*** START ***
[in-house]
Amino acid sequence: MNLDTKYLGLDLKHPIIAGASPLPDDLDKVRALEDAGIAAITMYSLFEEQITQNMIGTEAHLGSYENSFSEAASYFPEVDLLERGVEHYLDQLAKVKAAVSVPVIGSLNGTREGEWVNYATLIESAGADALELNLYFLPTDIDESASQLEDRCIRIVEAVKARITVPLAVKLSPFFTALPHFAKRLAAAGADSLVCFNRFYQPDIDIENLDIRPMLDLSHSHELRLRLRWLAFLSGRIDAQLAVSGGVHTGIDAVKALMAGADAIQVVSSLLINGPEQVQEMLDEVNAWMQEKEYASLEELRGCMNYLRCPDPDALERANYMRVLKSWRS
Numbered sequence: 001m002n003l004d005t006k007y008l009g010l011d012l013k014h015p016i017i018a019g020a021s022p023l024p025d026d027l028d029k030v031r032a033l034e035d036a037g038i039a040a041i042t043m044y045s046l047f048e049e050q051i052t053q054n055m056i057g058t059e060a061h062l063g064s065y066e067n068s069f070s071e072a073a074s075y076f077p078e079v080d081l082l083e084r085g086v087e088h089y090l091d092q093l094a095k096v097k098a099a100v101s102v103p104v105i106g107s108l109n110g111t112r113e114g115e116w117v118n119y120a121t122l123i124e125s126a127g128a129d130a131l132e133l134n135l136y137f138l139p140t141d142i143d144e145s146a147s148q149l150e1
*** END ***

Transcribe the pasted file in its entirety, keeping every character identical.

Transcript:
[in-house]
Amino acid sequence: MNLDTKYLGLDLKHPIIAGASPLPDDLDKVRALEDAGIAAITMYSLFEEQITQNMIGTEAHLGSYENSFSEAASYFPEVDLLERGVEHYLDQLAKVKAAVSVPVIGSLNGTREGEWVNYATLIESAGADALELNLYFLPTDIDESASQLEDRCIRIVEAVKARITVPLAVKLSPFFTALPHFAKRLAAAGADSLVCFNRFYQPDIDIENLDIRPMLDLSHSHELRLRLRWLAFLSGRIDAQLAVSGGVHTGIDAVKALMAGADAIQVVSSLLINGPEQVQEMLDEVNAWMQEKEYASLEELRGCMNYLRCPDPDALERANYMRVLKSWRS
Numbered sequence: 001m002n003l004d005t006k007y008l009g010l011d012l013k014h015p016i017i018a019g020a021s022p023l024p025d026d027l028d029k030v031r032a033l034e035d036a037g038i039a040a041i042t043m044y045s046l047f048e049e050q051i052t053q054n055m056i057g058t059e060a061h062l063g064s065y066e067n068s069f070s071e072a073a074s075y076f077p078e079v080d081l082l083e084r085g086v087e088h089y090l091d092q093l094a095k096v097k098a099a100v101s102v103p104v105i106g107s108l109n110g111t112r113e114g115e116w117v118n119y120a121t122l123i124e125s126a127g128a129d130a131l132e133l134n135l136y137f138l139p140t141d142i143d144e145s146a147s148q149l150e1